Me and James were obsessed with the NME ‘100 Best Albums Of All Time’ in the mid 80s, so we started buying as many as we could - Marquee Moon, Blonde On Blonde, The Clash... some of them we had anyway, but then there were things like Pet Sounds, which was really high, and when you’re 14 you think of the Beach Boys as fucking idiots going “doo wop”, don’t you? We both got What’s Going On and I think it’s the first time I realised, in an exotic way, that politics could translate. Through colour, through country - you could still feel the desperation of someone else even though it was your first exposure to music like that. Obviously my Mum and Dad had tons of records, but the intimacy of playing that in your bedroom and being transported to another world of the same anger you were feeling, but then in such a graceful way. ‘Inner City Blues’, the title track, ‘Mercy Mercy Me (The Ecology)’. There’s lot’s of brackets - lot’s of songs with brackets. I love that idea of brackets. I love the cover. You can still put it on today, and obviously in the studio we have lots of vinyl and a record player - you put that one in particular and it drifts, it seduces you but it also stimulates.
McCarthy - I Am A Wallet
It’s one of the most influential records ever, on me. I’ve talked about it many times. I always feel duty bound to ram it home, what an amazing achievement to get so much Marxist anger into an album, which is actually really delicately played. People always accuse them of being Smiths copyists but it’s much faster, stuff like ‘Antinature’ and ‘The Well Of Loneliness,’ ‘An MP Speaks’, it’s a seamless album that can grind you into submission, like all good communists should. Brilliant cover as well. Of all my records this is definitely my most played piece of vinyl.
Hüsker Dü - Candy Apple Grey
They’re the one band I’d love to see reform and get all the money and all the credit they’re due. They were so explosive, so prolific, so ragged and quite harsh live. They were very much of a pre-90s world, if you know what I mean - under-rehearsed, slamming it out, not caring. Probably never had a fucking tour bus. They were on the cusp of greatness, then it all fucking imploded. Songs like ‘Too Far Down’, ‘Hardly Getting Over It’, ‘Sorry Somehow’, I love that because of Grant Hart’s desperation on it. I always preferred Grant’s voice but I think Bob [Mould] might have shaded it on the lyrics.
Public Enemy - Fear Of A Black Planet
I was later than James on Public Enemy, he’d be copying all the raps. You’d go down his house and he’d be rapping ‘It Takes A Nation Of Millions’ to the record, like I’d be singing along to Ian McCulloch, which was really disconcerting - he really nailed it. I guess <>i>Fear Of A Black Planet is the bigger, more obvious album but it just felt like the rap equivalent of London Calling to me. It was really extensive and scattershot, obviously ‘Fight The Power’ was the main point of entry, but ‘Burn Hollywood Burn’ and ‘Who Stole The Soul?’ in particular are some of the best angry lyrics ever written. It felt like some sort of peak. I love the idea of NWA being the nihilistic, horrible Sex Pistols and Public Enemy being The Clash. I always loved those comparisons, and that album reminded me of a time when you thought things were possible. Before you were defeated.
Bill Fay - Life Is People
It’s one of those things you discover when you’re old. It relates to you. The simplicity of existence, that’s what you get from the album. I love the cover of ‘Jesus, Etc’, which is one of my favourite ever songs by Wilco. The Bill Fay album had a bit of an influence on Rewind The Film, but a generation in front of us. Guy Massey who did that album mixed a lot of our record as well, we were looking for the woodiness of it, the authenticity. It’s not something you’re just born with. There’s such a fucking fragile “I’m barely here”-ness about it. It’s not very often I go for that, but with this album the more you play the deeper you get into it.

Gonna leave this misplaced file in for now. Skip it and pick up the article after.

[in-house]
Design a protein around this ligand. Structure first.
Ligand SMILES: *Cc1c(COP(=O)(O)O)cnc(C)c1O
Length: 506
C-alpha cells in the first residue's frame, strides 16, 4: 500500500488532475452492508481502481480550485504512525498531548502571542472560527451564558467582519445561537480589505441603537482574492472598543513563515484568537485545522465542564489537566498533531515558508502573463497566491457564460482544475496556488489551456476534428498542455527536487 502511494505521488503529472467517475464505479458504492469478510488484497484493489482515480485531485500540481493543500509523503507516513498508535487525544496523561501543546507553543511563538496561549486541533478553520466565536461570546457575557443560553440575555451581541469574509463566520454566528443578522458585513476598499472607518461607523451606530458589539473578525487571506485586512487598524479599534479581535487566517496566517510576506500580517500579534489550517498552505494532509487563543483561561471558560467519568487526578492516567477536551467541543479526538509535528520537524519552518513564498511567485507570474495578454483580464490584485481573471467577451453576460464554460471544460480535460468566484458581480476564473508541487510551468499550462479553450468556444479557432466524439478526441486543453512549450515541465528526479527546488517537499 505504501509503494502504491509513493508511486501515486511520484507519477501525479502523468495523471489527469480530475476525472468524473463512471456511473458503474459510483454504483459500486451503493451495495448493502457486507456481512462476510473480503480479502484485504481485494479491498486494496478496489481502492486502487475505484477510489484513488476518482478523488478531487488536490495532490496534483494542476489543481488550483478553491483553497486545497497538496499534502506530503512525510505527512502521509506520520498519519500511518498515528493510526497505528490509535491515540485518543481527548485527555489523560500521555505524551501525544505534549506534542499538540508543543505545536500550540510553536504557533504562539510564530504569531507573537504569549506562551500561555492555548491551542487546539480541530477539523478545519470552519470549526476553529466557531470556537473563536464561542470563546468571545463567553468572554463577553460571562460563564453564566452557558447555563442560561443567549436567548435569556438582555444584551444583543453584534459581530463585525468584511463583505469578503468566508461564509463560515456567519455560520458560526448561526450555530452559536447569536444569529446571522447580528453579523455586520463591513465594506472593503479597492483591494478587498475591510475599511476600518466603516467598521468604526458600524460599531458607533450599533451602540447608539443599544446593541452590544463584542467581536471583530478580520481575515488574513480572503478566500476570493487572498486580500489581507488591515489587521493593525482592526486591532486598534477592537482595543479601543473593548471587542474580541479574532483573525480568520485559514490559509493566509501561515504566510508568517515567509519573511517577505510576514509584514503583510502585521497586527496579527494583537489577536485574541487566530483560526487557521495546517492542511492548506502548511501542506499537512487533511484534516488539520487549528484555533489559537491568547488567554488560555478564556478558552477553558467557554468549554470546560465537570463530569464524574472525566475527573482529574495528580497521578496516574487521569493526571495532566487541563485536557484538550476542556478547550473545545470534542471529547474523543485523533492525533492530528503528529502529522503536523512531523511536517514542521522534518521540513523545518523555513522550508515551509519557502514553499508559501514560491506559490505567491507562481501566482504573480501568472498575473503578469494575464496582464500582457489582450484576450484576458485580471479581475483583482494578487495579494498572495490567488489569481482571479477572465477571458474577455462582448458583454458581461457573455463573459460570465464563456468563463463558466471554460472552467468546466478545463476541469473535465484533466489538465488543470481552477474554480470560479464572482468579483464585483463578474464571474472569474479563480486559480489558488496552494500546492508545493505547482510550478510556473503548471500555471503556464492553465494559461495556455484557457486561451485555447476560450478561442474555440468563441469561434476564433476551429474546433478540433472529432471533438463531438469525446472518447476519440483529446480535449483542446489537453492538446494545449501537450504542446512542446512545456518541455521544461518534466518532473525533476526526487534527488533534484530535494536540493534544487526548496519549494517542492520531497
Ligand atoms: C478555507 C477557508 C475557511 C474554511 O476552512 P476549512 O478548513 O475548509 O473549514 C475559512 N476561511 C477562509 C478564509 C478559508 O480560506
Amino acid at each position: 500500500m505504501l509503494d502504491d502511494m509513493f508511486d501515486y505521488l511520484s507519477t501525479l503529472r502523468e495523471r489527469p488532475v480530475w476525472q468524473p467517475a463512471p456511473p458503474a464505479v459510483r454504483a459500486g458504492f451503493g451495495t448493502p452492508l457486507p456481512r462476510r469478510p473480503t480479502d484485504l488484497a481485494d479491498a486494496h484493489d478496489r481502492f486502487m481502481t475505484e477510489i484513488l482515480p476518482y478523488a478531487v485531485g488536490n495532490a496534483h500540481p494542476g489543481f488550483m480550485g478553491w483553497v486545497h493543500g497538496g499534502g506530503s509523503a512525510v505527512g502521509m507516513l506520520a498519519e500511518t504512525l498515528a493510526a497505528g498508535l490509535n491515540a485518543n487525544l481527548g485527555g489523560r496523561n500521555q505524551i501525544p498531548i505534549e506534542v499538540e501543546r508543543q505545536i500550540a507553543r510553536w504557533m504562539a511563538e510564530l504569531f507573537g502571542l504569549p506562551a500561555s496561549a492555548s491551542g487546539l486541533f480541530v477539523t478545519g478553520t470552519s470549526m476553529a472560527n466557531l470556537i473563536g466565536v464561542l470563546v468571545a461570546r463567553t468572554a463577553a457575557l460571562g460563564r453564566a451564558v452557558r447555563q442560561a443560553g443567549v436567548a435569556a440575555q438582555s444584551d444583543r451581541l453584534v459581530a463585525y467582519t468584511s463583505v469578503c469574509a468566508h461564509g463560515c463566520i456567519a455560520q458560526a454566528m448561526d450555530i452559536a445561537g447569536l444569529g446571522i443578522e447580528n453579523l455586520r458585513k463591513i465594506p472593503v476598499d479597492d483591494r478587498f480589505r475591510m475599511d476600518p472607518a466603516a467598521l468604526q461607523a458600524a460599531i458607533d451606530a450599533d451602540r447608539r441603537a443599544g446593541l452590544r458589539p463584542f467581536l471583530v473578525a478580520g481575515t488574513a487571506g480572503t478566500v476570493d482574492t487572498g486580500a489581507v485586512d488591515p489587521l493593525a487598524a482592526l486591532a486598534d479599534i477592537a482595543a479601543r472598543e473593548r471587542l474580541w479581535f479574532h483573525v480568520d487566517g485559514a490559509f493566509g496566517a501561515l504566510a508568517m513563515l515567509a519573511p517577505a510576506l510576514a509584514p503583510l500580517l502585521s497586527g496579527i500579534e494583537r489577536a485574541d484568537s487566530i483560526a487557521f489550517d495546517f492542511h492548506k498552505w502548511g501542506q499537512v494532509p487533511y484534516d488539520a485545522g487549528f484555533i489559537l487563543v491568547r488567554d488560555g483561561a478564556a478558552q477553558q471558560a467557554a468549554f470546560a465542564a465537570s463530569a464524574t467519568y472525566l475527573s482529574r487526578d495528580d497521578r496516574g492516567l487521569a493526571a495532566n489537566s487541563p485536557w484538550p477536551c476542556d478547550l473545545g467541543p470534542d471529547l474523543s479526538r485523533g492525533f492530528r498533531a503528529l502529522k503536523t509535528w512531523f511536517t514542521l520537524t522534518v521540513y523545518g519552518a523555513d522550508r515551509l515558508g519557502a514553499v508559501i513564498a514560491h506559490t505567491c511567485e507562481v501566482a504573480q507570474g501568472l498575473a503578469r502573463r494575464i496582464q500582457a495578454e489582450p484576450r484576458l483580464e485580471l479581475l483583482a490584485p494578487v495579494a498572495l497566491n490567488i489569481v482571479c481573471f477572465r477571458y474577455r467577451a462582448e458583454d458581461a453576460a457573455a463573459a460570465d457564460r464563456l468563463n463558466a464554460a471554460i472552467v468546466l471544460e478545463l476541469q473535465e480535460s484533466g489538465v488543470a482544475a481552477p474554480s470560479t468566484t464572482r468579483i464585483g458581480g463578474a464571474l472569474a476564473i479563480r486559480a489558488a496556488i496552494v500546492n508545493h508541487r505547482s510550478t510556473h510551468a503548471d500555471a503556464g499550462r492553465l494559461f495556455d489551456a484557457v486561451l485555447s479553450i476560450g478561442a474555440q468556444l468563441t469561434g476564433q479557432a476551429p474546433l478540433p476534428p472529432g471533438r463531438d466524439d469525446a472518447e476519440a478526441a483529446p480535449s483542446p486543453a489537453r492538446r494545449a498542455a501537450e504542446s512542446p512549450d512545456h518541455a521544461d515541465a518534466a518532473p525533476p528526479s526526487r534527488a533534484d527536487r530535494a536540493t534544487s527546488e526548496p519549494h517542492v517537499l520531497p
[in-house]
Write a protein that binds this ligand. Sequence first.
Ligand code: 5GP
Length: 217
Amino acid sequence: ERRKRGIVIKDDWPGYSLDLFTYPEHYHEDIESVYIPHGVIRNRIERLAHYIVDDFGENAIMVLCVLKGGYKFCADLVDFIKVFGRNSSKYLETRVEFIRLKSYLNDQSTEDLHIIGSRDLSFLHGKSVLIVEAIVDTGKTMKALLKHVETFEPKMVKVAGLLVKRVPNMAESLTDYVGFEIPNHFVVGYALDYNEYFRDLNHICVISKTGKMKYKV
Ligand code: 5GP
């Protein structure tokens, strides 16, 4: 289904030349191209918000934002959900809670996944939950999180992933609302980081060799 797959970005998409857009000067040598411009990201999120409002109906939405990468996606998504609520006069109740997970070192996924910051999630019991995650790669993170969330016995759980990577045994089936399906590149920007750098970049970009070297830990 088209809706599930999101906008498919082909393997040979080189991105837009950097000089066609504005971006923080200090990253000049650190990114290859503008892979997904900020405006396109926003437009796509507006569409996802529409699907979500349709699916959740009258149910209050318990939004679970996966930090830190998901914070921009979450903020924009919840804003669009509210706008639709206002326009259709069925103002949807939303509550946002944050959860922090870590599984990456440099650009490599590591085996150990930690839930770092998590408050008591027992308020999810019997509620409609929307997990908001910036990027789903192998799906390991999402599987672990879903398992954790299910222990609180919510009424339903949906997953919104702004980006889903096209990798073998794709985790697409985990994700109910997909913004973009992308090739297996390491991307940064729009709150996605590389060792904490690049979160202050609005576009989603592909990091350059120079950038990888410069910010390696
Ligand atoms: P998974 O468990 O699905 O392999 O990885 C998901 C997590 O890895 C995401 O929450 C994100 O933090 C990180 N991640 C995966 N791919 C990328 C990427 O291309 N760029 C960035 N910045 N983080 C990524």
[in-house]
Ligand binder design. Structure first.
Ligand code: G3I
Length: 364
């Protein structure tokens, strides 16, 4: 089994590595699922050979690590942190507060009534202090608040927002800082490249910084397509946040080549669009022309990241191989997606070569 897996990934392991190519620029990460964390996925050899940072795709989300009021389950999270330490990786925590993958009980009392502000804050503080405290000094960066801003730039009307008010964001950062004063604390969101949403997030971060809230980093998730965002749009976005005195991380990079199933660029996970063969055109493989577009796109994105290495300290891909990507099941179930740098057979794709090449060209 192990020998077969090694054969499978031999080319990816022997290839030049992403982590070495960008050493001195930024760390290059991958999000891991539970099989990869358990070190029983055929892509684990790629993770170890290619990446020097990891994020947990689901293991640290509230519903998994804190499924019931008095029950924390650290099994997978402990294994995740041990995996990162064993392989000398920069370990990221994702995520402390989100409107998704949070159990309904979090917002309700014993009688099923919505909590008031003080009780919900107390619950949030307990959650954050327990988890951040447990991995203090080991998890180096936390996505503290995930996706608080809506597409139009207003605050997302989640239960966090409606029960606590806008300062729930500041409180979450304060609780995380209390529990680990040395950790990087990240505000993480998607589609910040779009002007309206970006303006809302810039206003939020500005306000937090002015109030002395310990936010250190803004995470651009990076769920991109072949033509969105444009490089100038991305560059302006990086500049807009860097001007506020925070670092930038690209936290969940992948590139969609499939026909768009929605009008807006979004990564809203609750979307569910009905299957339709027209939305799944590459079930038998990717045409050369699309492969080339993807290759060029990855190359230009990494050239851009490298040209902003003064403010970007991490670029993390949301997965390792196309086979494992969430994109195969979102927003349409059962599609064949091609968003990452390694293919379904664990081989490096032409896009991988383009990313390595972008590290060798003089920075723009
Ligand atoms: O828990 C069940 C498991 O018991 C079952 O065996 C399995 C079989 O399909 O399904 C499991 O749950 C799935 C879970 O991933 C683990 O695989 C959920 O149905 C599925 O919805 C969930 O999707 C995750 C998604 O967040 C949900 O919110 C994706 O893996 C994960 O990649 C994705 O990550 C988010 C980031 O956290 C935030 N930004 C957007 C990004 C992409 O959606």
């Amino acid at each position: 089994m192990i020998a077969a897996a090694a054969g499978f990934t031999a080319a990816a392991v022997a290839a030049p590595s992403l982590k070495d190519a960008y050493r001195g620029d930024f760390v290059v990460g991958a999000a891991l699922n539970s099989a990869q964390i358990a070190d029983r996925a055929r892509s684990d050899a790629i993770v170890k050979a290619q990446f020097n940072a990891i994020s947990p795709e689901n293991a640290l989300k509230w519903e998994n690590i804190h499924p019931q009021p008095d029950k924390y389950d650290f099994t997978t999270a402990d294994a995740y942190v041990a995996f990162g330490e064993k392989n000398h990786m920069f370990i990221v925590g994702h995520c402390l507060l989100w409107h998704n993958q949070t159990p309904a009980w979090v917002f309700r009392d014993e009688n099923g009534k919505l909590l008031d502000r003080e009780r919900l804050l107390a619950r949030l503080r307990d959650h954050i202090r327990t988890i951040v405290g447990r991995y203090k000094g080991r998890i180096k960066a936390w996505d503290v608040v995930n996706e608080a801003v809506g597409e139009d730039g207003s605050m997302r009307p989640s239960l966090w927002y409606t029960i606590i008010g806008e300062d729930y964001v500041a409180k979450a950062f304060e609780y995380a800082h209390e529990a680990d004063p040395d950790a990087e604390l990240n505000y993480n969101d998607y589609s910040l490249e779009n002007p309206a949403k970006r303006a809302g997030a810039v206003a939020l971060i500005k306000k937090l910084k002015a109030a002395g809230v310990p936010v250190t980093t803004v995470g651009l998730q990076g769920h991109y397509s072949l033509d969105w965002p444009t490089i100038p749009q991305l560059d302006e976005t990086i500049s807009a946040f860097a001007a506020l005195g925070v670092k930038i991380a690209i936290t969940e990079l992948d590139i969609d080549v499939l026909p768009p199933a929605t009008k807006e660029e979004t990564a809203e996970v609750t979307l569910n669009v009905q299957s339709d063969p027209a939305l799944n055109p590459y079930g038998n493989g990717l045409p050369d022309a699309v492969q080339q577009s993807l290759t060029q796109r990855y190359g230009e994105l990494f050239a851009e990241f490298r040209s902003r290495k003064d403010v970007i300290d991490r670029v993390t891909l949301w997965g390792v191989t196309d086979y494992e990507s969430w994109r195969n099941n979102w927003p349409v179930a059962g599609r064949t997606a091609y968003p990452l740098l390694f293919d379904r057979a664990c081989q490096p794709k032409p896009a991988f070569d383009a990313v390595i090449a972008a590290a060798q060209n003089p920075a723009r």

John Lennon - John Lennon/Plastic Ono Band
The drum sound! The greatest bass sound ever! The rawness of it. ‘Isolation’ I absolutely love, and obviously we covered ‘Working Class Hero’. It’s really tight but there’s something about it that feels like they haven’t rehearsed much either - you see the film and they’re all coming in on the hoof. There’s some kind of bluesy nastiness - and I’m not a fan of the blues either - but there’s something about it, John Lennon’s guitar is really good on it, I think his guitaring was underrated actually. There’s so much savage bitterness there, ‘Mother’, just to start with the fucking bell chiming. I love that savageness. He’s having a go at McCartney, but he does it with so much wit, he can always glide over the top of it. I wish I had that ability, not to always drag it down with pure pettiness. “I don't believe in Elvis. I don't believe in Zimmerman/ I don't believe in Beatles” - I don’t think he could get “The Beatles” in, so it’s just “don’t believe in Beatles”. I love that album. There was a lot of that on [Wire’s solo album] I Killed The Zeitgeist actually, and there’s a lot on this album. I tried to learn that critical self-examination. I think John was a lot more psychoanalytical, he could use what he considered help, where as I was fucking on my own.
Lloyd Cole And The Commotions - Rattlesnakes
“Louise is the girl with the perfect skin/ She says turn on the light, otherwise it can't be seen/ She's got cheekbones like geometry and eyes like sin/ And she's sexually enlightened by Cosmopolitan”. To think that was a hit record! It can be done. It can be done. I can remember everything. Again, it’s one of my favourite covers ever - the mystery of this story of a hazy door - are you going to open it and enter this world of student bedsit literary excellence? It’s a really underrated album and I absolutely adore it to this day. I’ve been trying to get my kids into it, but they’re not having it. It’s all Daft Punk for them.